SLAVES IN JAMAICA REFUSE TO WORK FOR THEIR BRITISH SLAVE MASTERS.
27 December 1831 – a widespread slave strike occurred in the British administered island of Jamaica. A severe drought during the summer had brought increased hardship for the slave population which was compounded by the ruthlessness of the plantation owners, who insisted on their legal right to flog both men and women slaves. A decision was also taken by the Jamaican Assembly to cut the Christmas holiday from three days to two.
While the official Baptist Church preached a message of passivity and patience, the Native Baptist Church, led by deacon Samuel Sharpe, started to preach a message of resistance. He planned a general strike with his followers swearing on the Bible that they would not return to work after Christmas unless they were granted their freedom. They had even prepared an army to defend themselves but had made no plans to overthrow the British backed administration.
British and Jamaican newspapers expressed surprise that the rebels had not attempted a more violent assault on the white population and refused to accept that such an intelligently led strike could have been planned by the slaves themselves. The Morning Post explained that “throughout the accounts we do not find that the lives of the white inhabitants were at all an object of sacrifice. The destruction of property alone appears to have been the intention of the rebels, who’s minds, it is said, had been led astray by individuals possessing much more knowledge than negroes in general can be possessed of.”(1)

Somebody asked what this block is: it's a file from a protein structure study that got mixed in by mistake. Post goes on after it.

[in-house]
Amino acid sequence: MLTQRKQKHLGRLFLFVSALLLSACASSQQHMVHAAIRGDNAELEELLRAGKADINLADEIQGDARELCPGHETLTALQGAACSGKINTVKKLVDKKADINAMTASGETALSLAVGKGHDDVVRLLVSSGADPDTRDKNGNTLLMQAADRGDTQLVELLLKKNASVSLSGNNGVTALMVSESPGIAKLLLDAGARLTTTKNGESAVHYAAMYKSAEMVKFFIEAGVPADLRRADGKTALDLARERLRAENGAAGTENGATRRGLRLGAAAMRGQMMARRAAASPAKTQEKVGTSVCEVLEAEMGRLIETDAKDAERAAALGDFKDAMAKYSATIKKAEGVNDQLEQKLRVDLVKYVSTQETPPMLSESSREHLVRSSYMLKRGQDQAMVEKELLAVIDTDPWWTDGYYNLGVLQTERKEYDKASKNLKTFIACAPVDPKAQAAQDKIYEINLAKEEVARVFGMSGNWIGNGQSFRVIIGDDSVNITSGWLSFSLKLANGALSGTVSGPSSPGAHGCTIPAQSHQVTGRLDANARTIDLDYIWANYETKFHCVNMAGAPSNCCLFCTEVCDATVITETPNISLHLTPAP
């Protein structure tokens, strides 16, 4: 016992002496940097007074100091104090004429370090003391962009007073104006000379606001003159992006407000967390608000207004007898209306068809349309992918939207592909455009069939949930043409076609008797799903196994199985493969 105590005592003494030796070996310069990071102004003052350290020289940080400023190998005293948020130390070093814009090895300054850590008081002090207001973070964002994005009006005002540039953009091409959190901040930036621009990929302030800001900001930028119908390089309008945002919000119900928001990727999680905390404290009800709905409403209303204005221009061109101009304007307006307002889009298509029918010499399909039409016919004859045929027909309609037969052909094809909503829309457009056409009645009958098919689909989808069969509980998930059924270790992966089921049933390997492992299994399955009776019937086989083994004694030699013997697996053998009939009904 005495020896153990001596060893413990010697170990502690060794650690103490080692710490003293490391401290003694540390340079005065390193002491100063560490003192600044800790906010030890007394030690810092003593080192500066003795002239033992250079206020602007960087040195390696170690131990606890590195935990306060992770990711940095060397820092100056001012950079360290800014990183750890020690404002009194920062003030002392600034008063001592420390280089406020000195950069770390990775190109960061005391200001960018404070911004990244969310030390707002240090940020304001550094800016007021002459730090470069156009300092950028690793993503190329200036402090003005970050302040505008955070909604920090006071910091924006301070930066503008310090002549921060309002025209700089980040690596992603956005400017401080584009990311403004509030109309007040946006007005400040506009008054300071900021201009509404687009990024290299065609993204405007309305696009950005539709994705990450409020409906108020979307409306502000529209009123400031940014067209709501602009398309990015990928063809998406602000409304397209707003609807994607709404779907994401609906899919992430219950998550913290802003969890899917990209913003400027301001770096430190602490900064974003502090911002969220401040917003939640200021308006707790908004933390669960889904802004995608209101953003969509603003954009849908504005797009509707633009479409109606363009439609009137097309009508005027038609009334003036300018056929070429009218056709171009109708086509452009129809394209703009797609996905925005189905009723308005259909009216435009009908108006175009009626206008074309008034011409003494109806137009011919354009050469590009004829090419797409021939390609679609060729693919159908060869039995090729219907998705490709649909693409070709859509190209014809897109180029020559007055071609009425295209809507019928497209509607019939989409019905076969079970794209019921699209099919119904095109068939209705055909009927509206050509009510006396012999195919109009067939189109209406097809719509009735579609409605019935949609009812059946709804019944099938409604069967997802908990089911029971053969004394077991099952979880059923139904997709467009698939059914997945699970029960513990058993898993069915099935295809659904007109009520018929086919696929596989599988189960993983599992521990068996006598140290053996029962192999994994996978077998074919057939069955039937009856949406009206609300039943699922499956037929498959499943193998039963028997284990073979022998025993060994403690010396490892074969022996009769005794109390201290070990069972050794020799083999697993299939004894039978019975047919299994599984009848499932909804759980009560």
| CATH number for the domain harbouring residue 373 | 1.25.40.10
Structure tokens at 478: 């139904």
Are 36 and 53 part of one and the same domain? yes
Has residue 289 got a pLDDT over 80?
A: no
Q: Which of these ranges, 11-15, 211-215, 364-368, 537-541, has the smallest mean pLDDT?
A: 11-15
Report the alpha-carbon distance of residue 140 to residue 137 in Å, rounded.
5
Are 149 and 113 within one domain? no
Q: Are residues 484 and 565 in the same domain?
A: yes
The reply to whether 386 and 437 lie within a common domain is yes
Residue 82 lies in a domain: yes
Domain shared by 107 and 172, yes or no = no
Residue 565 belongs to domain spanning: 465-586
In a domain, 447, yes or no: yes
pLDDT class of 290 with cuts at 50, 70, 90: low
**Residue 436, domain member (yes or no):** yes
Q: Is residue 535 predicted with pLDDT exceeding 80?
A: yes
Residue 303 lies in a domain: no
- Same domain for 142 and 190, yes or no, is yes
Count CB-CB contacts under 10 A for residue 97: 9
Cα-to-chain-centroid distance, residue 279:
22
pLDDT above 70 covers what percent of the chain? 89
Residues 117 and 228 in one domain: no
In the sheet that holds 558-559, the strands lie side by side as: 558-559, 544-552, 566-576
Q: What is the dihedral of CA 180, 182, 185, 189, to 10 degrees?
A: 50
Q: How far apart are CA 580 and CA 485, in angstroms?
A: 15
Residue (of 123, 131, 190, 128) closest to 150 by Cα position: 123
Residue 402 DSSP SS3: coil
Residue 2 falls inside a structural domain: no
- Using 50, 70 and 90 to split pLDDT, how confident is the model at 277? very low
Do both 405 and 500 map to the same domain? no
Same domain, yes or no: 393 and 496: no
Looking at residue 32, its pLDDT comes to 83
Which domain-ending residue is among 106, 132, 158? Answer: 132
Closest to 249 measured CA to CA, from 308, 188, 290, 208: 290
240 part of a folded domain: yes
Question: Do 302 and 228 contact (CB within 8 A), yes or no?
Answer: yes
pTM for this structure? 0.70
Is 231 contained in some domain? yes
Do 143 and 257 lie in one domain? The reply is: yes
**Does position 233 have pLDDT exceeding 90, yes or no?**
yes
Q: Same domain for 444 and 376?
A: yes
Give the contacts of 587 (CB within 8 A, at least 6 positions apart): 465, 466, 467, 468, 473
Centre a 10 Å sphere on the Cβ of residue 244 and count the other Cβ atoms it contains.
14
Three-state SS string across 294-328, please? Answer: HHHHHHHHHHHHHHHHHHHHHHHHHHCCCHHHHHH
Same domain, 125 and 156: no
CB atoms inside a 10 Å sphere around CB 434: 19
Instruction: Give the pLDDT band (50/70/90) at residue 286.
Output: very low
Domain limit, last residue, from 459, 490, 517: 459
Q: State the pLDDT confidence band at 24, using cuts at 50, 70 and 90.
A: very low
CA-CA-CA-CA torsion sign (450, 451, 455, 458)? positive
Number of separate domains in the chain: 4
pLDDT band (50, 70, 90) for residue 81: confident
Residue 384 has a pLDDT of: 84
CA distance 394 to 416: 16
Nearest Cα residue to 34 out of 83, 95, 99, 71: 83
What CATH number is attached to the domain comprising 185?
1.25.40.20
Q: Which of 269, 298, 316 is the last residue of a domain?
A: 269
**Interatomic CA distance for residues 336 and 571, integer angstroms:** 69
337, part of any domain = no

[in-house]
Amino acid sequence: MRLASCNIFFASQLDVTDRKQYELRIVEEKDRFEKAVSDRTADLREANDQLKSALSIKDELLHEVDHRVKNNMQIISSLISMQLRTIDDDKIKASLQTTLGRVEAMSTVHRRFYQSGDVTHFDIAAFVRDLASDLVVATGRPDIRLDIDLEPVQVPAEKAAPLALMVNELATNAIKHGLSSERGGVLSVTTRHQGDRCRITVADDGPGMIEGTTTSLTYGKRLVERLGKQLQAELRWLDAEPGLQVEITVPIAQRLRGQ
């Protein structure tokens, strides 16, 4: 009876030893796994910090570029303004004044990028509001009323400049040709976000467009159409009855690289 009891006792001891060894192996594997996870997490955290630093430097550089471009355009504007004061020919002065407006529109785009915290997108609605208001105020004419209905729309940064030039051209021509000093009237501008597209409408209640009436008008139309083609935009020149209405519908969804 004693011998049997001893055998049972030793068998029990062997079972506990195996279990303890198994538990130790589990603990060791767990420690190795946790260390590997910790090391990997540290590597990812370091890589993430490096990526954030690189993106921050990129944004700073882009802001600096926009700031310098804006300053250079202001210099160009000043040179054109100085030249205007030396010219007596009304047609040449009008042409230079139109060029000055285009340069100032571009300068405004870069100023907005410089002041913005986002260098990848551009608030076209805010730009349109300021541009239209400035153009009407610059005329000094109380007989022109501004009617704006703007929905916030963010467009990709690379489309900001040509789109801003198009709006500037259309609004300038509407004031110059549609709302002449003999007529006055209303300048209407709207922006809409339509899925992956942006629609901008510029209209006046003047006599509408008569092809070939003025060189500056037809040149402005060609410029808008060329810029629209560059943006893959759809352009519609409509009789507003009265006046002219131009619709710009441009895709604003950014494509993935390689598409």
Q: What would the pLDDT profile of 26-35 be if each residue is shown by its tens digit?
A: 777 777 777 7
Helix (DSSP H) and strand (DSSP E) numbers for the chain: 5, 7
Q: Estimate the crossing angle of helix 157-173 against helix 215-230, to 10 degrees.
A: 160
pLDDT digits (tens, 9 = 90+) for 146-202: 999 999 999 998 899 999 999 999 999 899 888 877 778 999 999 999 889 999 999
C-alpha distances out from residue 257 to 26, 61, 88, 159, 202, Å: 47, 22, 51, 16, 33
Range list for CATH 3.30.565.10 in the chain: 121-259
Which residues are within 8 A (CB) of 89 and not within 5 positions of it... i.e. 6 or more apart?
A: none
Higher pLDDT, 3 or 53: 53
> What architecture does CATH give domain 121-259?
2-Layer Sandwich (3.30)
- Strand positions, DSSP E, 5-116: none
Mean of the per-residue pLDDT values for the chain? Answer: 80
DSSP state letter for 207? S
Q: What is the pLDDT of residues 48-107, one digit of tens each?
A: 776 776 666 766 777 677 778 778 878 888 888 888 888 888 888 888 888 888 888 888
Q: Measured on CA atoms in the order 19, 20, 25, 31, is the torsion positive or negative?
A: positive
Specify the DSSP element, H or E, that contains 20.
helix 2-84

Nevertheless the British dealt with the threat to their authority ruthlessly. Mercenaries and militia killed 201 slaves during the military operations to crush the revolt, according to the official figures submitted by just some of the districts affected by the insurrection. Then, in the following months, at least 326 slaves were executed and hundreds more flogged so severely that many of them died from their injuries. The revolt leader Samuel Sharpe was hanged on 23 May 1832.
DEATH PENALTY FOR ANYONE FOUND WITH ARMS OR WEARING A UNIFORM
In a desperate attempt to crush the anti-British insurgency in Ireland, general Macready issued a proclamation that as from 27 December 1920 “death will be the penalty of those found in authorised possession of arms, ammunition and explosives, or wearing uniform without authority.”(2)
- The Morning Post, 21 February 1832, p4
- Quoted in “Cork City after the fire,” The Yorkshire Post, 14 December 1920, p7